Ash Gray And The Burners. Live 55.

It’s been a long time since Blabber’n’Smoke last heard of Ash Gray – nine years it turns out – but it also turns out that this Texan transplanted to Sheffield (his parents hailed from Yorkshire) has become a staple of the live scene in his adopted home and this live album finds him and his band, The Burners, somewhat on fire on their return to the stage as the Covid pandemic ebbed.

Live 55 was recorded  in a Sheffield pub, the Dorothy Pax , not a venue we’re familiar with but seemingly a well managed music venue (their website proudly states they have hosted two musicians who played at Woodstock). Given that, it’s a ridiculously well recorded album with the band sounding warm and close up with the audience present enough to applaud the songs but absent as the band are playing. And what a band. A tight knit five piece comprised of Gray on guitar and vocals, Jim Widdop on pedal steel, Tom Jarvis lead guitar, Johnny Griff on bass and Tom Townsend on drums, Ash and his Burners pretty much tear through a fabulous set of cosmic country rockers, sounding at various times like reincarnations of The Grateful Dead, New Riders Of The Purple Sage, Poco, The Nitty Gritty Dirt Band and The Long Ryders. Towards the end they even toss in some 13th Floor Elevators Texan garage punk.

And while the band tear through the songs with a fine tie dyed in the wool vigour, Gray comes up with the goods on the songs. The opening number Jeremiah with its “Hey grandpa” refrain romps along in a breezy country-rock style with Widdop and Jarvis duelling excellently and Two Lane Blacktop has the band rolling along the highway with a skip in their step. While Gray’s not the strongest singer in the land he sounds quite impassioned throughout and he is most energised on the more dramatic numbers on show here. Billy, introduced by Gray as “a song about the old West,” is an excellent outlaw blues country tale with Widdop’s pedal steel snaking throughout and Chickenwire has a Calexico like dramatic sweep in its essence, the highlight of the album actually.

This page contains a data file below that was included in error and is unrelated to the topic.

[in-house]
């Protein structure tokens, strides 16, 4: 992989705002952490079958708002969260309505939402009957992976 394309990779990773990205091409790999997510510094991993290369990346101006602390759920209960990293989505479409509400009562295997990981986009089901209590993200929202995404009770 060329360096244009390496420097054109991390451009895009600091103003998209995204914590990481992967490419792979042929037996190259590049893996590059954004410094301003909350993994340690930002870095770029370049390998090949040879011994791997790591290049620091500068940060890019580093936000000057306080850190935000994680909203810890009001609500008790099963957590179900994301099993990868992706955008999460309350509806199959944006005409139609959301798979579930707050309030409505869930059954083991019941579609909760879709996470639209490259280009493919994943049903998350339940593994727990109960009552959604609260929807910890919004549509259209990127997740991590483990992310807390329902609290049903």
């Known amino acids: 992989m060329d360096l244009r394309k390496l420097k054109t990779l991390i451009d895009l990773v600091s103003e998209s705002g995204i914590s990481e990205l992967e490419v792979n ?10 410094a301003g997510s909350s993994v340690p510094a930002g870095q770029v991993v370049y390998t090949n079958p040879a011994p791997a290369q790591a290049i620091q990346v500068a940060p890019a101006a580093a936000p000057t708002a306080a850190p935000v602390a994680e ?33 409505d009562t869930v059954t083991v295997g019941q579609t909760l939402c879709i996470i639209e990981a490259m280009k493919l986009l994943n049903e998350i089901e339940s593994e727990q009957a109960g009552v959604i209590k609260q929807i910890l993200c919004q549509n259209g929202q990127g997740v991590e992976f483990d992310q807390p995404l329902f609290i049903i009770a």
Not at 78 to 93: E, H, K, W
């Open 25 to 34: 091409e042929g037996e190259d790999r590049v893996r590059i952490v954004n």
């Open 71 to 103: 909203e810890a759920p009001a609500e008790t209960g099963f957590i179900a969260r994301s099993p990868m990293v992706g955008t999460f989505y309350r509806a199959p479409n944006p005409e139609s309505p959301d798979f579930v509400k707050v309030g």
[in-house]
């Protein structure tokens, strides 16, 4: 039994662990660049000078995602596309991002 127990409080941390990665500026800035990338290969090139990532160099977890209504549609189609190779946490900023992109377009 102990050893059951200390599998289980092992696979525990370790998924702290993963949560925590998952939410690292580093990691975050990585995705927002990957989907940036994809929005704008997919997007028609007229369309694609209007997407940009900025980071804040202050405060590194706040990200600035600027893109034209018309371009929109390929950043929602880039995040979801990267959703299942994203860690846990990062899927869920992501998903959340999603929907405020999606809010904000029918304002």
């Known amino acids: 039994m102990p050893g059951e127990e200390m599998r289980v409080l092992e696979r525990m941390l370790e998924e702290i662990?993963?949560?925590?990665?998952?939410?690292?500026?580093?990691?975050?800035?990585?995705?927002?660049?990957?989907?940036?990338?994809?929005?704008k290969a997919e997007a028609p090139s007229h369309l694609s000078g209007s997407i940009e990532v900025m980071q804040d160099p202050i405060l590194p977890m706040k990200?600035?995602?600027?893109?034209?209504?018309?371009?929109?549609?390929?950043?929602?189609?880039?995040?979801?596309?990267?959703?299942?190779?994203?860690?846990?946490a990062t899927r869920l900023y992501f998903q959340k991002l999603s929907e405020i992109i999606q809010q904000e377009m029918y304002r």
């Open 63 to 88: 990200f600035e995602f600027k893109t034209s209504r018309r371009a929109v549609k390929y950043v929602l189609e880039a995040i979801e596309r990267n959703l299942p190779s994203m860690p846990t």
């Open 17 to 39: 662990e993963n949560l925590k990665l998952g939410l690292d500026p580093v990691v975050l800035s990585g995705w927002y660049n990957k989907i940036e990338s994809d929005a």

The addition of keyboard player Joe Newman and Liz Hanley on backing vocals add some more “oomph” to the last two songs. Back Alive snarls with a Texan proto punk attitude, the band attacking the song as if they were auditioning for a slot on Lenny Kaye’s Nuggets compilation. The closing song, When The Devil Comes Home, finds Gray at his most impassioned while, over its seven minutes, the band show off their chops ending with a maelstrom of sound which reminds one of the eastern scales pioneered by Kaleidoscope on their Beacon From Mars album.

 As a live “warts and all” album, Live 55 is ridiculously good and definitely recommended. And if Gray and his Burners venture forth from Sheffield then get in the queue for tickets. You won’t be disappointed.



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